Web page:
At this point, the larger story that looms over the entire series is so intricate and the characterizations so spot-on that watching the show never disappoints.
iZombieAirtime: Tuesdays, 9pm
Cast: Rose McIver, Rahul Kohli, Malcolm Goodwin, Robert Buckley, David Anders, Jessica Harmon, Greg Finley
Subtitle: Season 2, Episode 11 - "Fifty Shades of Grey Matter"
Air date: 2016-02-02
In what may be the sharpest episode of the season so far, "Fifty Shades of Grey Matter" deftly moves between the humor the series does so well, and the increasingly more complex story arc that hangs over the series. This is the eleventh episode of the season, and it feels like the show is headed for a huge blowup, whether it’s related to outing the zombie population to the authorities, or Major’s (Robert Buckley) desperate attempts to keep secret his mandate from Vaughn Du Clark (Steven Weber), or Peyton’s further involvement with Blaine (David Anders) and her investigation into Mr. Boss (Eddie Jemison). The ways in which the series, and this episode in particular, navigates all these separate, but converging parts, is brilliantly paced.
Centered on the death of librarian Grace LeGare through hemlock poisoning, Clive (Malcolm Goodwin) and Liv (Rose McIver) soon discover she was a soon-to-be published author of erotica. Although her jealous and disapproving co-worker is a suspect, Grace was actually poisoned by her possessive husband, Andy. The mystery-of-the-week takes somewhat of a backseat to all the larger threads in the story, but it’s still a great showcase for McIver as she hits on every man she sees, including an uncomfortable Clive and an amused Ravi (Rahul Kohli) and Major.
In a shout-out to Veronica Mars fans, Clive and Liv are given an advance audiobook copy to listen to ("The Upright Position as read by Kristen Bell. I’ve always felt a kind of connection to her", Liv says), and the over-the-top, erotic language is a hilarious introduction to Liv’s personality of the week, as well as a sly callback to Bell’s excellent voiceovers in Veronica Mars.
Liv’s new personality is indiscriminately flirtatious and suggestive to both very funny effect, especially when trying to get Ravi and Major to wrestle naked, and also to potentially disastrous effect, when she agrees to date Drake (Greg Finley), Blaine’s latest victim/enforcer. It’s the latter effect that has the most fallout this week, when it’s revealed at the end of the episode that Liv slept with Drake. Liv’s regret is obvious after Peyton (Aly Michalka) reveals that she’s slept with Blaine ("You know, you sleep with someone, you think you know them. But they could be anybody".). Both Peyton and Liv are in over their heads, although in different ways, but they converge at the end of the episode, playing up the ominous tone that iZombie employs so well.
Adding to the tension is the investigation into the Chaos Killer. Clive and Bozzio (Jessica Harmon) continue to close in on Major without knowing it, all the while chasing Blaine who’s responsible for enough murders on his own to warrant an investigation. When Clive and Liv separately reveal to Peyton the list of crimes that can directly be tied back to Blaine, the series also reminds the audience that charming though he may be, Blaine is above all a survivor willing to do anything to stay ahead and serve his own agenda.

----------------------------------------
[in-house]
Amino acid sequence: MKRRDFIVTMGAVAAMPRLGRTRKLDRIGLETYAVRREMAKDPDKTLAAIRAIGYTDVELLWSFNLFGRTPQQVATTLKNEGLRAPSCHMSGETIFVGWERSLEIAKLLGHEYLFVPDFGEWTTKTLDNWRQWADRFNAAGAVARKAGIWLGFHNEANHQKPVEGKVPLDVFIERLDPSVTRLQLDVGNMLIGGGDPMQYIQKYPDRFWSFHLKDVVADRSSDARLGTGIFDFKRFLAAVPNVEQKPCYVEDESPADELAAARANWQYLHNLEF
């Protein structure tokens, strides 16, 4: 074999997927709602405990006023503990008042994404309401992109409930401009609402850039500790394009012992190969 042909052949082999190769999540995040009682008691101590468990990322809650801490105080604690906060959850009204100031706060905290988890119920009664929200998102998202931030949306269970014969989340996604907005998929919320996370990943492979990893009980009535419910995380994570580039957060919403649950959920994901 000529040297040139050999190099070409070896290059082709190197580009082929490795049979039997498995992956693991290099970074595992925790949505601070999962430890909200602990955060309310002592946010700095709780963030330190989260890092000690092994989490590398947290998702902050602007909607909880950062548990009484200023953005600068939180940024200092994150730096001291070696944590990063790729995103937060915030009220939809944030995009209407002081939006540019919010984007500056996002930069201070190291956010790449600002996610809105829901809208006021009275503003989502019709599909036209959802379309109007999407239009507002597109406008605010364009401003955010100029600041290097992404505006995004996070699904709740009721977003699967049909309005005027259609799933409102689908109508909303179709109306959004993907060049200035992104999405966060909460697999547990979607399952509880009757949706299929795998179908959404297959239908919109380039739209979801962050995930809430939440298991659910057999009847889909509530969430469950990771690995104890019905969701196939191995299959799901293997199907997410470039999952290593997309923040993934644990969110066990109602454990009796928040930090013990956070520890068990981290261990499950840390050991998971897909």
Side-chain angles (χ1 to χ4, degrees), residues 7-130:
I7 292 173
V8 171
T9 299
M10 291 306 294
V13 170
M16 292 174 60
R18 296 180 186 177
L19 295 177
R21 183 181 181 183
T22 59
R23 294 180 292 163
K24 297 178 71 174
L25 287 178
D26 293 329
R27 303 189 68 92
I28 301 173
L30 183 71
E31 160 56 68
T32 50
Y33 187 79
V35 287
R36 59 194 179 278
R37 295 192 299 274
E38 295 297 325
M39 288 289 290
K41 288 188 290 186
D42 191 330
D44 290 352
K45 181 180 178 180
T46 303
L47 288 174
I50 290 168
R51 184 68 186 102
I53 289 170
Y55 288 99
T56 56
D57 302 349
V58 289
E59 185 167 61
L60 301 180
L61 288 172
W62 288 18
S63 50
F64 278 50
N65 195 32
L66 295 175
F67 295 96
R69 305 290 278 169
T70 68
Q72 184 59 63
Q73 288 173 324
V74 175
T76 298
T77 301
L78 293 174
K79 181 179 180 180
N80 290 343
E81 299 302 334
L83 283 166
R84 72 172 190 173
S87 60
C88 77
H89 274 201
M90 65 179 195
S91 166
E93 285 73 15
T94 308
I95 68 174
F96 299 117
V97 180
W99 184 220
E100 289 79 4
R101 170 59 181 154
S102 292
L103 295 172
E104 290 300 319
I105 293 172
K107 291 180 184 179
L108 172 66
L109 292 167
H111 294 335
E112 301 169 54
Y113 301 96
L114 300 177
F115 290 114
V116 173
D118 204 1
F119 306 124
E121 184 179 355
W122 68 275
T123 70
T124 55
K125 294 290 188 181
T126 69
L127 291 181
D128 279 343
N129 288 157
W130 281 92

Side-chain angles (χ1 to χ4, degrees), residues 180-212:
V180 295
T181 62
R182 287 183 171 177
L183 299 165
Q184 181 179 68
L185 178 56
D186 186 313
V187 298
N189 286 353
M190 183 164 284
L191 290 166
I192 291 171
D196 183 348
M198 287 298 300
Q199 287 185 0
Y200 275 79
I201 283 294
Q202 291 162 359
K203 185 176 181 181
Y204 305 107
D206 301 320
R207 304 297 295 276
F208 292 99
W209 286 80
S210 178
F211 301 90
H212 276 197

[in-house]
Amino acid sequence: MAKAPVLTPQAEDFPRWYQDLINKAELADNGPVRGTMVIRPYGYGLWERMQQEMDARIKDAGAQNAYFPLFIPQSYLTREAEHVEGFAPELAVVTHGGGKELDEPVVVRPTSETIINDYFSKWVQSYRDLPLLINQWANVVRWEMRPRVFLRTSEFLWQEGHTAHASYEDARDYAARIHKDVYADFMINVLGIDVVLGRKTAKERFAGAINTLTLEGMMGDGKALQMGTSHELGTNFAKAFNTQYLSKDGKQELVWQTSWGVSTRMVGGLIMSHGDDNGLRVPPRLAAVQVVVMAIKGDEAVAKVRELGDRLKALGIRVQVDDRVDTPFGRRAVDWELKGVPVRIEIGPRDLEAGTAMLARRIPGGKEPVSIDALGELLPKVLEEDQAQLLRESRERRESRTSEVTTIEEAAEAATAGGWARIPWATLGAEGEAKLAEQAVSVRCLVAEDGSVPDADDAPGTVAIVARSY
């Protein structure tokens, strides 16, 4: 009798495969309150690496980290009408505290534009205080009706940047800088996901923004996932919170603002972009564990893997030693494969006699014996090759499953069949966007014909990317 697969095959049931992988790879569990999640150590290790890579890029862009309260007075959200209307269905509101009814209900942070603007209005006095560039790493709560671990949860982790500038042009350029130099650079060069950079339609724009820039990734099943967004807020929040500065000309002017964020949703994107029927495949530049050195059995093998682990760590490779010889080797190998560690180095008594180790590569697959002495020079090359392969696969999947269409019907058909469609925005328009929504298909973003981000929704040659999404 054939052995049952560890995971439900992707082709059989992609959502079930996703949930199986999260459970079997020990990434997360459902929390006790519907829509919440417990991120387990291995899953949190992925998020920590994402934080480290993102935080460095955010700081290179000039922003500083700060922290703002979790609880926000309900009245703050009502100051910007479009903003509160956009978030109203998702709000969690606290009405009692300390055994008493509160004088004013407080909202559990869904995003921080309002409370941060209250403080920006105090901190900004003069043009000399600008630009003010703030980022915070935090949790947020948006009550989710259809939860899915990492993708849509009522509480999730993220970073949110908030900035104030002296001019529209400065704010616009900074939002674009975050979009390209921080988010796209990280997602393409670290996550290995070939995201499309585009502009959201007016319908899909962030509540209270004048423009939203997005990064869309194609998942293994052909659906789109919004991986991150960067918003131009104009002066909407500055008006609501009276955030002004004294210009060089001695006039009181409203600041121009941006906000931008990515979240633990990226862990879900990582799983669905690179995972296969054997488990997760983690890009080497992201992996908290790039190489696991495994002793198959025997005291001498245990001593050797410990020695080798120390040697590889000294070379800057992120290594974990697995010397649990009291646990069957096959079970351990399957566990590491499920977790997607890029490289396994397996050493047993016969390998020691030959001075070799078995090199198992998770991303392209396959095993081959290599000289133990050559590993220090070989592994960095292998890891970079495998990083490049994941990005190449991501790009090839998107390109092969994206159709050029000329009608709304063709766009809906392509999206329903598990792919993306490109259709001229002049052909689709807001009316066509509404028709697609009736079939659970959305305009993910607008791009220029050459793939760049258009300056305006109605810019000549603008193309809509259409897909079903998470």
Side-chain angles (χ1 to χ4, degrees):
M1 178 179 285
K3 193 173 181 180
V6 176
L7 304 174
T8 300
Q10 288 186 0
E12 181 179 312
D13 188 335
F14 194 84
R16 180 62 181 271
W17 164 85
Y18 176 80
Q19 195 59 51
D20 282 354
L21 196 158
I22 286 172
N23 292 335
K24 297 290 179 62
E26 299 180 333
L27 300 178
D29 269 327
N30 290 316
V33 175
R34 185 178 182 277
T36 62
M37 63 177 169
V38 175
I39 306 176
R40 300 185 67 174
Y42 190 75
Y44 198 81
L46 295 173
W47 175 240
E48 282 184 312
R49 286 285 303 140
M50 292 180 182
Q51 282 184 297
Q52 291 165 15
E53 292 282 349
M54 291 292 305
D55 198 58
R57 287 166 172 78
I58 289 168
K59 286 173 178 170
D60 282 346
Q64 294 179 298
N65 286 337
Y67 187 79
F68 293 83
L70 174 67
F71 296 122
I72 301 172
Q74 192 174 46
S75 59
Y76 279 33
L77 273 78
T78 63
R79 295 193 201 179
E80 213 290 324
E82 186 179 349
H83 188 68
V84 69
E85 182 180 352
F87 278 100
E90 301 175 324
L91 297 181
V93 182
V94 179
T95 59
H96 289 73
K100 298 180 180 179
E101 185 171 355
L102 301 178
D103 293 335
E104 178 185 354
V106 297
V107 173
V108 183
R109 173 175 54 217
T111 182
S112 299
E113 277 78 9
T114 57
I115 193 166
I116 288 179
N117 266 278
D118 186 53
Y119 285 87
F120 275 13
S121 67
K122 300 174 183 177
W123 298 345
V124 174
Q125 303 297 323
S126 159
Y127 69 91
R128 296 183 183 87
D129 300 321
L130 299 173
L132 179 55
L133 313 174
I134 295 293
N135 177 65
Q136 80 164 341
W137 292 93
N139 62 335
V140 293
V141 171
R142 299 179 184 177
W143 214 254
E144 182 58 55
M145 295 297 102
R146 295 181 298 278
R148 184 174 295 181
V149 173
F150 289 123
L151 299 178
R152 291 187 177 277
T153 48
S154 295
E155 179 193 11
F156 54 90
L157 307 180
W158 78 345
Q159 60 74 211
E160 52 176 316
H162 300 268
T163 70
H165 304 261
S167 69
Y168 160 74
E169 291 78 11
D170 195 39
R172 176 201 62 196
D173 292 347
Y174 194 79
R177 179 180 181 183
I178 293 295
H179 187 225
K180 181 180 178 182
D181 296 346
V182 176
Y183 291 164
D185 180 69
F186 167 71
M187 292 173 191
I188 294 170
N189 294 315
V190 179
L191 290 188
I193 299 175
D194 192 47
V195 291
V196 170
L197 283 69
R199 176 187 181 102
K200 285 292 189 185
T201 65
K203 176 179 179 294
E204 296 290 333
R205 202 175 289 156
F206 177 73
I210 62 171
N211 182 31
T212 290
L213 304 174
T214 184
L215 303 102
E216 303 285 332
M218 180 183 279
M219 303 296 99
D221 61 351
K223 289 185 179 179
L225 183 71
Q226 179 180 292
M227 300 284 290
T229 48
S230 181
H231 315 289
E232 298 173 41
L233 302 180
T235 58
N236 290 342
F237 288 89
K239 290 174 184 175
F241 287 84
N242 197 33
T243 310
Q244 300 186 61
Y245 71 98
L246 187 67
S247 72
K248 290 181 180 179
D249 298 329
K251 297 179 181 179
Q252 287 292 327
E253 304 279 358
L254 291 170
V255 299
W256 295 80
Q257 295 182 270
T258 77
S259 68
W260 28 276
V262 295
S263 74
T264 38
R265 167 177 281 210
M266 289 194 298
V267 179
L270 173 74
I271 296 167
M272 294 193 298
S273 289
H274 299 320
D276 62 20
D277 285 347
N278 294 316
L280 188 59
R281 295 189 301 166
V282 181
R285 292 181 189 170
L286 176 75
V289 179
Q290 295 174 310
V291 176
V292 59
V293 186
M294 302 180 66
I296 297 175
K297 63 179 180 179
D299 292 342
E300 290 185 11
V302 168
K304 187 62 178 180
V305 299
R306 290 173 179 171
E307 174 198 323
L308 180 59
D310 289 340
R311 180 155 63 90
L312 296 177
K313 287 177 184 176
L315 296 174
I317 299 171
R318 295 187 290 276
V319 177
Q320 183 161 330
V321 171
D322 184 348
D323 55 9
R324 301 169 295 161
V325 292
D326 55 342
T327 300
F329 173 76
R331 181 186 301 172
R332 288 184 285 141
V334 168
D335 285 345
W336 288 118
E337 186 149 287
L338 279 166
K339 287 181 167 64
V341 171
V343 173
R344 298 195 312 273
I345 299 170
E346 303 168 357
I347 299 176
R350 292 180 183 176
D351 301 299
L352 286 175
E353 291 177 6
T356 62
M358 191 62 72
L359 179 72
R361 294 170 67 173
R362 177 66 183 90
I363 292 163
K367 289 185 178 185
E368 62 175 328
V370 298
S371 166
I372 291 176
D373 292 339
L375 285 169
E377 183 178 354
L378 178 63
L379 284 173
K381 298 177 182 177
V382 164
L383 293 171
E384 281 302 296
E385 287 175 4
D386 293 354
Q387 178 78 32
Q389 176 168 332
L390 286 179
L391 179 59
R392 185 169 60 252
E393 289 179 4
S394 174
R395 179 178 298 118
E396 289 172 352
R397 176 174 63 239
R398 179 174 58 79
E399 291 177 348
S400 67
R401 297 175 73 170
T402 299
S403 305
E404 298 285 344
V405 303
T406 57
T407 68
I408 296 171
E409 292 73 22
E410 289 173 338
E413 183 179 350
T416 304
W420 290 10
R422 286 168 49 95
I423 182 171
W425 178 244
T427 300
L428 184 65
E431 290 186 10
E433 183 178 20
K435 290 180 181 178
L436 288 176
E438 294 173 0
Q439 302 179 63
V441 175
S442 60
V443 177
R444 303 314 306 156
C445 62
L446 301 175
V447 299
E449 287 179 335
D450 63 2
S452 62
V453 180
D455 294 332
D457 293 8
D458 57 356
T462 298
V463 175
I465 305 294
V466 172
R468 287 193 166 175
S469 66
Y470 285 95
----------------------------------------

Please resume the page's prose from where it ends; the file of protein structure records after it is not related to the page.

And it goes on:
When Clive and Bozzio finally realize that John Deaux is Blaine DeBeers is Blaine McDonough, they have enough to arrest him on an old drug warrant and question him as the Chaos Killer. Anders is wonderful in the interrogation scene -- unconcerned and menacing all at once -- and the scene also highlights just how out of her depth Peyton is when she gets him released on immunity. She realizes that she’s been manipulated and the consequences are potentially extreme.
Further complicating things is Major’s role as killer-by-blackmail. Though he’s not really killing the people he’s tasked to eliminate, no one really knows what he's doing. His reluctance to confide in even Ravi or Liv is clearly taking its toll and sadly, this episode marks the departure of Minor. It’s a sweet, heartbreaking scene and Buckley delivers.
Although "Fifty Shades of Grey Matter" unabashedly delves into the darkness at the heart of the series, iZombie remains consistently clever and funny, unexpected though it may seem. Ravi turning down Liv’s advances ("Go forth, direct your lust elsewhere"), Bozzio's increasingly amusing asides (accusing Clive of "mansplaining"), and McIver’s commitment to Liv’s newly inappropriate behavior are all examples of ways in which the series smartly inserts moments of humor to diffuse the drama, as well as to further flesh out personalities.
More than any other episode this season, "Fifty Shades of Grey Matter" serves as a perfect encapsulation of the series. The balance that iZombie manages to achieve week after week is no small feat, yet the show only continues to get more engrossing and compelling. At this point, the larger story that looms over the entire series is so intricate and the characterizations so spot-on that watching the show never disappoints.